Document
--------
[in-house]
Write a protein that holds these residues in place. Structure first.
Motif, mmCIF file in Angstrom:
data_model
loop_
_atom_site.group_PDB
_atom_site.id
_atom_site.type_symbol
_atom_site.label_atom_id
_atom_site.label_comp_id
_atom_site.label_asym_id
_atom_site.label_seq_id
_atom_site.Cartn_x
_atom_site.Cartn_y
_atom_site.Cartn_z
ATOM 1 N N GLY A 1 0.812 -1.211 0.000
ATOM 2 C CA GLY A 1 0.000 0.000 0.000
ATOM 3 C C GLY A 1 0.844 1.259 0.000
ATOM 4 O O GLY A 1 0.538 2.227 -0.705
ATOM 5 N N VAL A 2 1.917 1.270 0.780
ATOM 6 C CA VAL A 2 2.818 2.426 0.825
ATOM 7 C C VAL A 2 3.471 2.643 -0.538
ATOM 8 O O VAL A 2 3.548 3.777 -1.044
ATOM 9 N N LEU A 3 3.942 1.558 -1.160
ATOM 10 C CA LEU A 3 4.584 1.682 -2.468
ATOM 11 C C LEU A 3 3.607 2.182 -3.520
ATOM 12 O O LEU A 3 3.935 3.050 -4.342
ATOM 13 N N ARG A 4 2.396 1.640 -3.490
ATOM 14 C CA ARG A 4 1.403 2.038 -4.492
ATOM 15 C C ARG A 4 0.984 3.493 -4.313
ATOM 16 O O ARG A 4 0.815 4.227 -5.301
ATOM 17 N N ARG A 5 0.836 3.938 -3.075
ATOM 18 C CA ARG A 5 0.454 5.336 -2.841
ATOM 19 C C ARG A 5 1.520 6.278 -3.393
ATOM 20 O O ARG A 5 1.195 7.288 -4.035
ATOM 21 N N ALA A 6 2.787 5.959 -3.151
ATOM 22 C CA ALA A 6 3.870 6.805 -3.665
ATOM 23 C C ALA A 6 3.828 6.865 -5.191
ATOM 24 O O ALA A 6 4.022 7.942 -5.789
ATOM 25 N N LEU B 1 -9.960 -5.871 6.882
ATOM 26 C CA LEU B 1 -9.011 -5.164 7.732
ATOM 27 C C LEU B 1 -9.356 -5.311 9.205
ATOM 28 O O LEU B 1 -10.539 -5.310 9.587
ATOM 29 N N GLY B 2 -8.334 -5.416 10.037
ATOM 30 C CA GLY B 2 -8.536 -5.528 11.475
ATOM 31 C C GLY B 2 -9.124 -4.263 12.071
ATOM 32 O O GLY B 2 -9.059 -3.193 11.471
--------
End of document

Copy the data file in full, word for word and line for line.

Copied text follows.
[in-house]
Write a protein that holds these residues in place. Structure first.
Motif, mmCIF file in Angstrom:
data_model
loop_
_atom_site.group_PDB
_atom_site.id
_atom_site.type_symbol
_atom_site.label_atom_id
_atom_site.label_comp_id
_atom_site.label_asym_id
_atom_site.label_seq_id
_atom_site.Cartn_x
_atom_site.Cartn_y
_atom_site.Cartn_z
ATOM 1 N N GLY A 1 0.812 -1.211 0.000
ATOM 2 C CA GLY A 1 0.000 0.000 0.000
ATOM 3 C C GLY A 1 0.844 1.259 0.000
ATOM 4 O O GLY A 1 0.538 2.227 -0.705
ATOM 5 N N VAL A 2 1.917 1.270 0.780
ATOM 6 C CA VAL A 2 2.818 2.426 0.825
ATOM 7 C C VAL A 2 3.471 2.643 -0.538
ATOM 8 O O VAL A 2 3.548 3.777 -1.044
ATOM 9 N N LEU A 3 3.942 1.558 -1.160
ATOM 10 C CA LEU A 3 4.584 1.682 -2.468
ATOM 11 C C LEU A 3 3.607 2.182 -3.520
ATOM 12 O O LEU A 3 3.935 3.050 -4.342
ATOM 13 N N ARG A 4 2.396 1.640 -3.490
ATOM 14 C CA ARG A 4 1.403 2.038 -4.492
ATOM 15 C C ARG A 4 0.984 3.493 -4.313
ATOM 16 O O ARG A 4 0.815 4.227 -5.301
ATOM 17 N N ARG A 5 0.836 3.938 -3.075
ATOM 18 C CA ARG A 5 0.454 5.336 -2.841
ATOM 19 C C ARG A 5 1.520 6.278 -3.393
ATOM 20 O O ARG A 5 1.195 7.288 -4.035
ATOM 21 N N ALA A 6 2.787 5.959 -3.151
ATOM 22 C CA ALA A 6 3.870 6.805 -3.665
ATOM 23 C C ALA A 6 3.828 6.865 -5.191
ATOM 24 O O ALA A 6 4.022 7.942 -5.789
ATOM 25 N N LEU B 1 -9.960 -5.871 6.882
ATOM 26 C CA LEU B 1 -9.011 -5.164 7.732
ATOM 27 C C LEU B 1 -9.356 -5.311 9.205
ATOM 28 O O LEU B 1 -10.539 -5.310 9.587
ATOM 29 N N GLY B 2 -8.334 -5.416 10.037
ATOM 30 C CA GLY B 2 -8.536 -5.528 11.475
ATOM 31 C C GLY B 2 -9.124 -4.263 12.071
ATOM 32 O O GLY B 2 -9.059 -3.193 11.471